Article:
Larsen fires staffers after tweets on office drinking

SEATTLE | U.S. Rep. Rick Larsen fired three staffers who apparently chronicled their on-the-job drinking exploits, including taking shots of Jack Daniels at their desks, via Twitter.

Mr. Larsen dismissed the trio Thursday about an hour after learning of their Twitter activity, said Bryan Thomas, a spokesman for the Washington Democrat.

“Neither Congressman Larsen nor his other staff were aware of the actions by these three staff members before today,” Mr. Thomas said. “Congressman Larsen is disappointed by their actions and takes this very seriously. He has made it clear that he will not tolerate this kind of behavior.”

The Northwest Daily Marker, a conservative political blog in Washington state, first posted the tweets.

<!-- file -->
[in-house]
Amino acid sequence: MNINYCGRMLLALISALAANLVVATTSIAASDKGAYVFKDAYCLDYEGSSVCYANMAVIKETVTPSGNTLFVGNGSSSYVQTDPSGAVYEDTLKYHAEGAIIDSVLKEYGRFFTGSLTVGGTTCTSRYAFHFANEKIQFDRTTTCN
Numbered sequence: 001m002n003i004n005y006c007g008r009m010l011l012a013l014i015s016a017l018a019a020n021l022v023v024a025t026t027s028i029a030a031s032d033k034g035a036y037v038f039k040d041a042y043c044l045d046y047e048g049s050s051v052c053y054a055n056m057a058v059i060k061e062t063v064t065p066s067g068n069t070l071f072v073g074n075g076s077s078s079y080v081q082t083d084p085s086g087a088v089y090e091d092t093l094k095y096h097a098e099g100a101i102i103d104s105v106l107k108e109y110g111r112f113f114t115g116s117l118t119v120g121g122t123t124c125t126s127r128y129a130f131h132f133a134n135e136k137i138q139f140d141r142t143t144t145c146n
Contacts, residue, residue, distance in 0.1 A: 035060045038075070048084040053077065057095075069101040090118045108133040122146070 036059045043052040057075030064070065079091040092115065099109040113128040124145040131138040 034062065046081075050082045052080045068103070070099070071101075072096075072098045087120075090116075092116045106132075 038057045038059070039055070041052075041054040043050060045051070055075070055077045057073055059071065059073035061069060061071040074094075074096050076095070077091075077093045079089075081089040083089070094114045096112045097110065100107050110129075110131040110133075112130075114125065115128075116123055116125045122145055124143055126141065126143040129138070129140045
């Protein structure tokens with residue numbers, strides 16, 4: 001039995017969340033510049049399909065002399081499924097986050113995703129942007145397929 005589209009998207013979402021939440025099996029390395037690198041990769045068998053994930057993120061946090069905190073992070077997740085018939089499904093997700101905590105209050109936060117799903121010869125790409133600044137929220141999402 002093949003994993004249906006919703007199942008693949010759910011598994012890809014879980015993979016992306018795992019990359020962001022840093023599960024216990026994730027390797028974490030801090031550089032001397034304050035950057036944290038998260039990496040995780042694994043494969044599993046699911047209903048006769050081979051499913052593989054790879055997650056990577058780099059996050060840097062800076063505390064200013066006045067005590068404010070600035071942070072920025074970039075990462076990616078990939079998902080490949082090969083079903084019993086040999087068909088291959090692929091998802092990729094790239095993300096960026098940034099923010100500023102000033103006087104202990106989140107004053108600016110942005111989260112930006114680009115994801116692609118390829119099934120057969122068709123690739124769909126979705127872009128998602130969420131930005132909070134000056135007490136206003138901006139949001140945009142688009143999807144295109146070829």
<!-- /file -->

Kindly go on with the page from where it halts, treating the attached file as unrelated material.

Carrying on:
The three staffers who were fired - legislative assistants Seth Burroughs and Elizabeth Robbee and legislative correspondent Ben Byers - worked in Mr. Larsen’s Capitol Hill office.

Their Twitter accounts had been deleted by Thursday, and other efforts to reach them for comment were unsuccessful.

But the Daily Marker caught screen grabs of the tweets.

In one tweet Dec. 1, Burroughs - whose Twitter handle was “TheRocketShip1” - describes a co-worker taking a shot “crouching” behind his desk.

“We have unabashedly given up on just about all things work related,” he tweeted.

In another tweet, Mr. Burroughs calls Mr. Larsen his “idiot boss.”


9th Circuit skeptical on gay-judge recusal

SAN FRANCISCO — The sponsors of California’s gay marriage ban renewed their effort Thursday to disqualify a federal judge because of his same-sex relationship.